6. Croatian Journal of Philosophy: Volume > 1 > Issue: 1
Nenad Miščević Apriority and Conceptual Kinematics
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The paper critically discusses the Chalmers-and-Jackson strategy of accounting for the dynamics of conceptual intuitions. In contrast to this strategy, it is argued that concepts alone do not determine in advance rational responses to new evidence. An initial concept is often revised in the light of new data, the revision being guided by the goal of detecting the deep causal structure of the domain investigated. Using examples from the history of science (concept REFLEX ARC) as an illustration, it is argued that the dilemma of either irrational messy updating of intuitions (Yablo) or strict rails of conceptual pre-determination (Chalmers-Jackson) is a false one. Rationality does not lie in the alleged conceptual apriority, but in the flexible pursuit of reasonable epistemic goals.
7. Croatian Journal of Philosophy: Volume > 1 > Issue: 1
Elvio Baccarini Eugenio Lecaldano on Bioethics
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Eugenio Lecaldano offers an important contribution to the tradition of Italian liberal thought. In his book on bioethics, he deals with the subject’s most relevant topics by adopting a utilitarian perspective, which clearly demonstrates the influence of J.S. Mill’s philosophy. The indication of some significant analogies and the distinction between different moral problems are some of the most interesting and useful aspects of Lecaldano’s work.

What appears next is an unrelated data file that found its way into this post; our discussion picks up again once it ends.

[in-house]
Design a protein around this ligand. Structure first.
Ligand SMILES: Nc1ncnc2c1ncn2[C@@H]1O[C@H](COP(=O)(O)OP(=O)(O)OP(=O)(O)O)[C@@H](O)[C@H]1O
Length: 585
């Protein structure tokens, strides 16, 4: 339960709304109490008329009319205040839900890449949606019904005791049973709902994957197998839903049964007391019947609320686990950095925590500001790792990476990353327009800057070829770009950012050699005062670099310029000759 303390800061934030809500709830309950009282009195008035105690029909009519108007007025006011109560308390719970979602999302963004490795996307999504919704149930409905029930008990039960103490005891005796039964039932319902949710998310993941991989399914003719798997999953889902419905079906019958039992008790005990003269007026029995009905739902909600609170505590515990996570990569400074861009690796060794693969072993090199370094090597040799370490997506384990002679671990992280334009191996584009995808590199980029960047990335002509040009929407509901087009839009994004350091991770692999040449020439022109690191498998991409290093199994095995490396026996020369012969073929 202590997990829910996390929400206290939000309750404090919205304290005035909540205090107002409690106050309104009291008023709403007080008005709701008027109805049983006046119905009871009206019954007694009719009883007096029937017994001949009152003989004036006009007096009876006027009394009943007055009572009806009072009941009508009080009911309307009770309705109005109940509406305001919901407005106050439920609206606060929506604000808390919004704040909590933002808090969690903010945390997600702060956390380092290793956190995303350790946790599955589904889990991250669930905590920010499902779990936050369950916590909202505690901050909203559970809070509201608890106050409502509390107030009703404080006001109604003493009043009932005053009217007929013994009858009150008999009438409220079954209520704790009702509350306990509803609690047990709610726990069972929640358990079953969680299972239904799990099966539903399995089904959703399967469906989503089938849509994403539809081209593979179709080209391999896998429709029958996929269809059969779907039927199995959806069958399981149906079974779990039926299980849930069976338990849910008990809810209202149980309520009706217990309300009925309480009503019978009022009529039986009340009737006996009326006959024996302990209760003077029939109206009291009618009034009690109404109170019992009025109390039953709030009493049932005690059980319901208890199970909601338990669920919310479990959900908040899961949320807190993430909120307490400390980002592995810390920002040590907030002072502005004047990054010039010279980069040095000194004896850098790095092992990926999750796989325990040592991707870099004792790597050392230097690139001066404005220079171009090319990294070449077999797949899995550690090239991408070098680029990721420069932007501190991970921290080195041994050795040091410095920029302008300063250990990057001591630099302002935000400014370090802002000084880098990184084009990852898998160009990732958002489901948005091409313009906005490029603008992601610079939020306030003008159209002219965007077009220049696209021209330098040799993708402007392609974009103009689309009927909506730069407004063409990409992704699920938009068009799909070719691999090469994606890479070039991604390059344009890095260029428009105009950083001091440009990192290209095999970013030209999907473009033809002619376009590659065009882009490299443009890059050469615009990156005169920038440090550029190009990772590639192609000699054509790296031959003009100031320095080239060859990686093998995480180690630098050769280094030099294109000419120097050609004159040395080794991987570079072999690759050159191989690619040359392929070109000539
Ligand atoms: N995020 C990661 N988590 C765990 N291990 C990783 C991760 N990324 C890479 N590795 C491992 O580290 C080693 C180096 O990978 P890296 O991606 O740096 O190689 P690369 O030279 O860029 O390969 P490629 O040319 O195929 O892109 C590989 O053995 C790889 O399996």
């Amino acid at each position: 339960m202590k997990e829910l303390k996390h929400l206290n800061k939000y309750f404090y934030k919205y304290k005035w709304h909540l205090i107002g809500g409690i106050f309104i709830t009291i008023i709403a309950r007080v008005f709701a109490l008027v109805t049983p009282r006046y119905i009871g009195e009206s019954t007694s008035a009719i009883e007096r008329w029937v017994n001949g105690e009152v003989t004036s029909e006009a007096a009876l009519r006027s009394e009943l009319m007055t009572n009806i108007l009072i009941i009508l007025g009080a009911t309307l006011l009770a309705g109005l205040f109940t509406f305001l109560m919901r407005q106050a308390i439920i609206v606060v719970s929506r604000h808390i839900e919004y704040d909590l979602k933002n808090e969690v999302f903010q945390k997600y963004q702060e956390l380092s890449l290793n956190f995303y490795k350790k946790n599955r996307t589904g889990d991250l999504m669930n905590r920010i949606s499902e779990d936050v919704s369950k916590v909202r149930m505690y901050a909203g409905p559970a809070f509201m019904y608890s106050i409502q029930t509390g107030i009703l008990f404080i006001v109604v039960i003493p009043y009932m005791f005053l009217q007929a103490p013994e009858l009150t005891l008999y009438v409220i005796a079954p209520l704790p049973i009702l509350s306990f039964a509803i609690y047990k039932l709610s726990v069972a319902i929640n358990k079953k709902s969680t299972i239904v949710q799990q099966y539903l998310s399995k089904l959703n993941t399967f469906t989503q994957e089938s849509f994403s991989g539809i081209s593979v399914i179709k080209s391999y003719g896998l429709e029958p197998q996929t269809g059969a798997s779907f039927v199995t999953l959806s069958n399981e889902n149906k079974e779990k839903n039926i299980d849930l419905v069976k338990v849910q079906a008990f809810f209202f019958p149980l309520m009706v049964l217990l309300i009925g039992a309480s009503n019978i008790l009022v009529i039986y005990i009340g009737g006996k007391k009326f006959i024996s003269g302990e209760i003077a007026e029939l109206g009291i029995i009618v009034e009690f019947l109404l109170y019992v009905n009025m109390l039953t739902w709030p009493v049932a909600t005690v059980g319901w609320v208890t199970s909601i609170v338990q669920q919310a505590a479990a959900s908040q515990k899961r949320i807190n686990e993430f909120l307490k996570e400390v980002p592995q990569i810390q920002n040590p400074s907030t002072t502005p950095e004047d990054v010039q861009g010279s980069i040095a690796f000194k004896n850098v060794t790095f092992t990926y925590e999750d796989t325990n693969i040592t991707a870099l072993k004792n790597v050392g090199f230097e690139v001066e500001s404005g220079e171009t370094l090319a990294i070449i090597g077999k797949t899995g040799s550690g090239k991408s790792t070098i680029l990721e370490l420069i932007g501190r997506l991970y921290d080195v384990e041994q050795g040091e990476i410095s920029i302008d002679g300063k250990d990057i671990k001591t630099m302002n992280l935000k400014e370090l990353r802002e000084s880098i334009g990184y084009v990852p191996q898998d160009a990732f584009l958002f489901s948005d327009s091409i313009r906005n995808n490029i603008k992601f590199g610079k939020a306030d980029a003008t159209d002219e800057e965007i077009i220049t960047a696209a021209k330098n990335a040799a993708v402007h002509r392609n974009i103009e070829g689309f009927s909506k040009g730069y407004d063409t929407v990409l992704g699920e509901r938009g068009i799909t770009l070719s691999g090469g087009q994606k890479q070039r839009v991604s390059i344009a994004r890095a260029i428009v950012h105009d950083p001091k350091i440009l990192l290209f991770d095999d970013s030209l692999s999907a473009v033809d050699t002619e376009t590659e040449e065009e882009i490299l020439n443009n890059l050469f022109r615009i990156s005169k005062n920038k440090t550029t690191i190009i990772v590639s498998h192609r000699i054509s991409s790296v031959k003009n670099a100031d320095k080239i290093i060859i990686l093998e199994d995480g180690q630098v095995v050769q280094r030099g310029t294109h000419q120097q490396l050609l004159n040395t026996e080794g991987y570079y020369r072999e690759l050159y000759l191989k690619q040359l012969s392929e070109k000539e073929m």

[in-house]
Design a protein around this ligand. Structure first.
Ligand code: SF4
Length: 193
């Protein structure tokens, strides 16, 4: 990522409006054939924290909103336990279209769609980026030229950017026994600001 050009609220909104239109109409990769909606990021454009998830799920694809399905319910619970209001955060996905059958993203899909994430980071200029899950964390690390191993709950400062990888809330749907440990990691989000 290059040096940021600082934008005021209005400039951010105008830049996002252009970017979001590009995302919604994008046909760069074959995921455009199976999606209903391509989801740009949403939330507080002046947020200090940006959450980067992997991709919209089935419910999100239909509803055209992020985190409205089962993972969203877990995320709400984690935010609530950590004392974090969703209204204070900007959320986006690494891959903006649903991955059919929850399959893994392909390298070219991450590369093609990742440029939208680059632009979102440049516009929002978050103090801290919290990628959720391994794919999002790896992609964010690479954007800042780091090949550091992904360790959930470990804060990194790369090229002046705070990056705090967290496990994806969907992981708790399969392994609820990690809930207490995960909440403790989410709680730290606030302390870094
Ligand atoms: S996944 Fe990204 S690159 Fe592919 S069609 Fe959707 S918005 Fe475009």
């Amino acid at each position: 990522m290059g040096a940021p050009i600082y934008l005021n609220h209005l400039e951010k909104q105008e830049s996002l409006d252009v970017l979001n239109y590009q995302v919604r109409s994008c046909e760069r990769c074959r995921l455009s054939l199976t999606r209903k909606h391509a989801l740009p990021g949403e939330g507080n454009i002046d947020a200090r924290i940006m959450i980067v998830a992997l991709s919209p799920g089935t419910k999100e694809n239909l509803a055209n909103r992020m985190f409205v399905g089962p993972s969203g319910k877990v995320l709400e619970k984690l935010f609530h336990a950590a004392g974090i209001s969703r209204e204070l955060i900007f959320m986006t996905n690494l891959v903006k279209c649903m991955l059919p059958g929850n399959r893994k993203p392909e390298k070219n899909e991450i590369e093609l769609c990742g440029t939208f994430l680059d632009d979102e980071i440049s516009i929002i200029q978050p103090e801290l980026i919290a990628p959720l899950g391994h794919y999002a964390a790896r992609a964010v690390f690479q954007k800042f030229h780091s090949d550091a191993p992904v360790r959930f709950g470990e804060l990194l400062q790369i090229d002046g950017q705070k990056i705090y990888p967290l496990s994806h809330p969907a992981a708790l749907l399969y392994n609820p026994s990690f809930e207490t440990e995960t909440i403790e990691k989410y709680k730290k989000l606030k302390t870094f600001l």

8. Croatian Journal of Philosophy: Volume > 1 > Issue: 2
Isabella Muzio Emotions and Rationality
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This paper examines the sense and extent to which emotions can be thought of as rational. Through considering a number of examples, it argues (a) that there is more than one way of understanding the claims that we often make about emotions being “rational” or “justified”; (b) that none of the models of rationality already available to us can singly account for all of the various senses in which we think of emotions as rational; yet (c) that they can do so jointly, that is, by each explicating at least one of these senses. Thus, in the end it is suggested that, despite it not being right to identify emotions with either beliefs or actions, there is no obvious reason to believe that the claims we make about the rationality of our emotions need to be understood by appeal to any separate model of rationality, specific to the emotions, additional to the “cognitive” and “strategic” models already available to us for understanding the rationality of other states like beliefs and judgements on the one hand, and actions on the other.
9. Croatian Journal of Philosophy: Volume > 1 > Issue: 2
Loránd Ambrus-Lakatos On Rational Choice of Final Ends
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This paper is a non-technical paper on the kinematics of rational decision-making. lt focuses upon Williams’s Regret argument. The Argument is directed against injunction implicit in standard decision theory and formulated by Rawls: a rational agent is always ready to act so that she need never blame herself “no matter how things finally transpire”. The purpose of this paper is to offer new insights into theweaknesses of the Argument, introducing new considerations regarding coherence of the self of the would-be repentant. The opaqueness of one’s future preference-structure is argued at length, stressing that standard decision theory cannot possibly allow that the decision tree is not comprehended at the time of making one’s choice, even if it is about one’s final end.
10. Croatian Journal of Philosophy: Volume > 1 > Issue: 2
Aljoša Pužar Philosophy of Literature: An Introduction